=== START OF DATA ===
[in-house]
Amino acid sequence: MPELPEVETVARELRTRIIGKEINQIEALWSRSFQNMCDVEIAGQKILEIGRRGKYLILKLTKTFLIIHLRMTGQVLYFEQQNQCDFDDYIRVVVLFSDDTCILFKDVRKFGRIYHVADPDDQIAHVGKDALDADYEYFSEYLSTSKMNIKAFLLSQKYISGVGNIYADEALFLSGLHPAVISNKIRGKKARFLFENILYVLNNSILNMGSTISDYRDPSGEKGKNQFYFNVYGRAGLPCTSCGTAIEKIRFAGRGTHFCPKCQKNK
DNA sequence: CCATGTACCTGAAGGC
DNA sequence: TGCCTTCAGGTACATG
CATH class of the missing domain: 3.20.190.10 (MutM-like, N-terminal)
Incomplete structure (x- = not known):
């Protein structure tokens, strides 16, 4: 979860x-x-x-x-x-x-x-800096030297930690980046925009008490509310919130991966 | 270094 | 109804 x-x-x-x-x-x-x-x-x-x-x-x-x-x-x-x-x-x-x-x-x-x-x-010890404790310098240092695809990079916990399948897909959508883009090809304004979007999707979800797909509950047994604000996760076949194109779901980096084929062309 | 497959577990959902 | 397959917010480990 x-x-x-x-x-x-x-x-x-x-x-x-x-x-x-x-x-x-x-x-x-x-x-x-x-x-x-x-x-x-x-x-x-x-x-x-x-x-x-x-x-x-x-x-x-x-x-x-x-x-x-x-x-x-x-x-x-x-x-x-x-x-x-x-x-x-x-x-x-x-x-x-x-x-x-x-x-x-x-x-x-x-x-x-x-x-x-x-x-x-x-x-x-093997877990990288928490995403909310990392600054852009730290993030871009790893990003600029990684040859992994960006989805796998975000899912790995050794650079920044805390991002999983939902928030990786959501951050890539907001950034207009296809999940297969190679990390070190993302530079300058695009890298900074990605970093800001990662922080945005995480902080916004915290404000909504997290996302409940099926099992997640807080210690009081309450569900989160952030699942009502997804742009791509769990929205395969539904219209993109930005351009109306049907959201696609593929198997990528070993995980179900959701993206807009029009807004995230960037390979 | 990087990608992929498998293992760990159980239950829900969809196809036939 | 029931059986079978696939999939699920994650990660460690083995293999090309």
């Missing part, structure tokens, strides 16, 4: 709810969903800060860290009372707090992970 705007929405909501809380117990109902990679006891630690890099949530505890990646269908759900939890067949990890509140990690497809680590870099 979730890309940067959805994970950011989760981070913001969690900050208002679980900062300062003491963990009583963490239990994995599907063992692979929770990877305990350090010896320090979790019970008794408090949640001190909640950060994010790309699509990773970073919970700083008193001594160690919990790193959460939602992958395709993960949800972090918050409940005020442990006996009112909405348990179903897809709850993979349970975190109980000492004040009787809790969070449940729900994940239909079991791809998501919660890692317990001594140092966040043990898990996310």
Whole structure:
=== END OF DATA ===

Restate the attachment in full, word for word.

[in-house]
Amino acid sequence: MPELPEVETVARELRTRIIGKEINQIEALWSRSFQNMCDVEIAGQKILEIGRRGKYLILKLTKTFLIIHLRMTGQVLYFEQQNQCDFDDYIRVVVLFSDDTCILFKDVRKFGRIYHVADPDDQIAHVGKDALDADYEYFSEYLSTSKMNIKAFLLSQKYISGVGNIYADEALFLSGLHPAVISNKIRGKKARFLFENILYVLNNSILNMGSTISDYRDPSGEKGKNQFYFNVYGRAGLPCTSCGTAIEKIRFAGRGTHFCPKCQKNK
DNA sequence: CCATGTACCTGAAGGC
DNA sequence: TGCCTTCAGGTACATG
CATH class of the missing domain: 3.20.190.10 (MutM-like, N-terminal)
Incomplete structure (x- = not known):
């Protein structure tokens, strides 16, 4: 979860x-x-x-x-x-x-x-800096030297930690980046925009008490509310919130991966 | 270094 | 109804 x-x-x-x-x-x-x-x-x-x-x-x-x-x-x-x-x-x-x-x-x-x-x-010890404790310098240092695809990079916990399948897909959508883009090809304004979007999707979800797909509950047994604000996760076949194109779901980096084929062309 | 497959577990959902 | 397959917010480990 x-x-x-x-x-x-x-x-x-x-x-x-x-x-x-x-x-x-x-x-x-x-x-x-x-x-x-x-x-x-x-x-x-x-x-x-x-x-x-x-x-x-x-x-x-x-x-x-x-x-x-x-x-x-x-x-x-x-x-x-x-x-x-x-x-x-x-x-x-x-x-x-x-x-x-x-x-x-x-x-x-x-x-x-x-x-x-x-x-x-x-x-x-093997877990990288928490995403909310990392600054852009730290993030871009790893990003600029990684040859992994960006989805796998975000899912790995050794650079920044805390991002999983939902928030990786959501951050890539907001950034207009296809999940297969190679990390070190993302530079300058695009890298900074990605970093800001990662922080945005995480902080916004915290404000909504997290996302409940099926099992997640807080210690009081309450569900989160952030699942009502997804742009791509769990929205395969539904219209993109930005351009109306049907959201696609593929198997990528070993995980179900959701993206807009029009807004995230960037390979 | 990087990608992929498998293992760990159980239950829900969809196809036939 | 029931059986079978696939999939699920994650990660460690083995293999090309």
């Missing part, structure tokens, strides 16, 4: 709810969903800060860290009372707090992970 705007929405909501809380117990109902990679006891630690890099949530505890990646269908759900939890067949990890509140990690497809680590870099 979730890309940067959805994970950011989760981070913001969690900050208002679980900062300062003491963990009583963490239990994995599907063992692979929770990877305990350090010896320090979790019970008794408090949640001190909640950060994010790309699509990773970073919970700083008193001594160690919990790193959460939602992958395709993960949800972090918050409940005020442990006996009112909405348990179903897809709850993979349970975190109980000492004040009787809790969070449940729900994940239909079991791809998501919660890692317990001594140092966040043990898990996310």
Whole structure: